This week, in addition to the Federal probe, “States to Launch Google, Facebook Antitrust Probes,” The Wall Street Journal et al reported. As one commenter said, “The real problem with both is their pernicious theft of our personal data and sales of that data to all sorts of entities looking to prod us, outrage us, excite us, sell us, etc. This is what their businesses have become: resale of stolen data.”
While we’re not big on conspiracy theories – we’re simply too busy to get sidetracked – we do love to follow trajectories to see where things may be going. Or to once again quote Wayne Gretzky, if you want to know where the puck is going, look to where it has been.
The news this week was the banning that has been happening with the social media platforms. War on Free Speech: Facebook Bans People It Considers “Dangerous”, and Twitter is at it, too. While the question seems to be coming up more and more – Is it time to break up Twitter, or regulate it as an edited platform (Big Tech Trying to Have it Both Ways as Platform and Publisher)?, and this would extend to all of the socials – let’s be honest, aren’t they publishers, after all? In fact, Facebook CEO Mark Zuckerberg himself is calling for regulation, and that should be concerning, especially given his focus, which is in lock step with that of the tech cartel, trust us. As Wired reported, Platforms Want Centralized Censorship. That Should Scare You.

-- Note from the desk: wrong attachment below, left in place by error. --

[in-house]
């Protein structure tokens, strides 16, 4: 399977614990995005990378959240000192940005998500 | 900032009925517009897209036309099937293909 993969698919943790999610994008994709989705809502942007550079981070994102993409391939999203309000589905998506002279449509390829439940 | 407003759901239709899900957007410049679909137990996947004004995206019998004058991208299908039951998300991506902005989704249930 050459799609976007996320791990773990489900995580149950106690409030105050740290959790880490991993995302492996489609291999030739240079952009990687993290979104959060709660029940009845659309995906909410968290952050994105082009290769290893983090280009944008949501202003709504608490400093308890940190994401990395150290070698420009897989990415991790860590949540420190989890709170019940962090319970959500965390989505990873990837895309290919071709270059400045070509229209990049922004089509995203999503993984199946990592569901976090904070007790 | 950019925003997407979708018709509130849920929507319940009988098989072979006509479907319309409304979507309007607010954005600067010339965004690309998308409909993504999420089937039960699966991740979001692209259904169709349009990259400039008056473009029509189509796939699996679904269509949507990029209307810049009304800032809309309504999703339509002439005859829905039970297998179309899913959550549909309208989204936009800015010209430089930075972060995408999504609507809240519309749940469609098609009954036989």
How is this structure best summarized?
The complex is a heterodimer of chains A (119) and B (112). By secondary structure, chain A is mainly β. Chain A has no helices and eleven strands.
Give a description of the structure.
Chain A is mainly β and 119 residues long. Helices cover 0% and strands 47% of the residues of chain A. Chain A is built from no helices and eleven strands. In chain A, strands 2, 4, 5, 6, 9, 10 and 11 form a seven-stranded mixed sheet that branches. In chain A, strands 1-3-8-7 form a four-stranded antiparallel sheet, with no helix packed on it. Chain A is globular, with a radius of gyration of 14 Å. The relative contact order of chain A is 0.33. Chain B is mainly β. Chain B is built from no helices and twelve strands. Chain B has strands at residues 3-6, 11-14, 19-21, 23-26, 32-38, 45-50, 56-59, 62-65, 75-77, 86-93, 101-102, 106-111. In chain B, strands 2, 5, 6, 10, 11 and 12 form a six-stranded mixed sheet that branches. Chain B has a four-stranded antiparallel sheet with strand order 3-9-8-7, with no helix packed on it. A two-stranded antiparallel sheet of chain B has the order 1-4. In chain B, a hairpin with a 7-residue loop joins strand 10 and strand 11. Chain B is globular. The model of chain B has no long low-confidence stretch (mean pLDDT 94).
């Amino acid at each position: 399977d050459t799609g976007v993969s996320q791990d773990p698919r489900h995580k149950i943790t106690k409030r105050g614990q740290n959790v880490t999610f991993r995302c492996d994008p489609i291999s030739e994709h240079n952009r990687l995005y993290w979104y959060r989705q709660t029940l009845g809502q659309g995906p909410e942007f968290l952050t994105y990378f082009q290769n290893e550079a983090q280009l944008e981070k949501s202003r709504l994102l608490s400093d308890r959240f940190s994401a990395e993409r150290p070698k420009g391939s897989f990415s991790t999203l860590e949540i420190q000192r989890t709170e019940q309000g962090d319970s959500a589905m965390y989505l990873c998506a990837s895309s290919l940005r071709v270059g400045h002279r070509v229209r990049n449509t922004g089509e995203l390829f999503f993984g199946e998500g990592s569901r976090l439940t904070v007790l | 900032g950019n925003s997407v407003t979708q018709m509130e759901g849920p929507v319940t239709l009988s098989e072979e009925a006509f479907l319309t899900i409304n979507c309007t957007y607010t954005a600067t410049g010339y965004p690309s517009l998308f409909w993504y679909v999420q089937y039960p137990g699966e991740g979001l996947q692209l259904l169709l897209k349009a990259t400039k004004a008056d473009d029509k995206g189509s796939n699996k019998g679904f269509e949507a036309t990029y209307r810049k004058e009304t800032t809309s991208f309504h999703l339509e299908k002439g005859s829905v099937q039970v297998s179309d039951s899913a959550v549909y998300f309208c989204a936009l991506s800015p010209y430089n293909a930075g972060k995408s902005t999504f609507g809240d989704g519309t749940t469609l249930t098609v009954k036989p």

So, why now?
Forest through the trees time, and Big Tech has gotten the four Ds down to an art, and yes, four – Deny, Deflect, Defend, Delay. Important, considering what else has been going on in tech to which not many people have been paying much attention: the rise of the Fakes, or as we prefer to call them, PHAkEs, which is our acronym for Post Human-Acknowledged Entities.
In a seeming change of heart, Mark Zuckerberg backs stronger Internet privacy and election laws: ‘We need a more active role for governments’, he said, and no, there wasn’t a sudden rip in the universe. Zuckerberg penned an opinion piece in the Washington Post entitled The internet needs new rules. Let’s start in these four areas, which are harmful content, election integrity, privacy and data portability.
The editorial, no doubt, comes on the heels of the attention that Facebook, Twitter, Google and Amazon have been getting from Congress and various Presidential candidates, and as a result of the recent announcement that Facebook, Twitter and YouTube execs face jail and multi-billion pound fines over terror videos. “Australia could become the first country to introduce prison terms and fines if firms fail to speedily remove terror videos like the Christchurch massacre live-stream,” reports The Sun.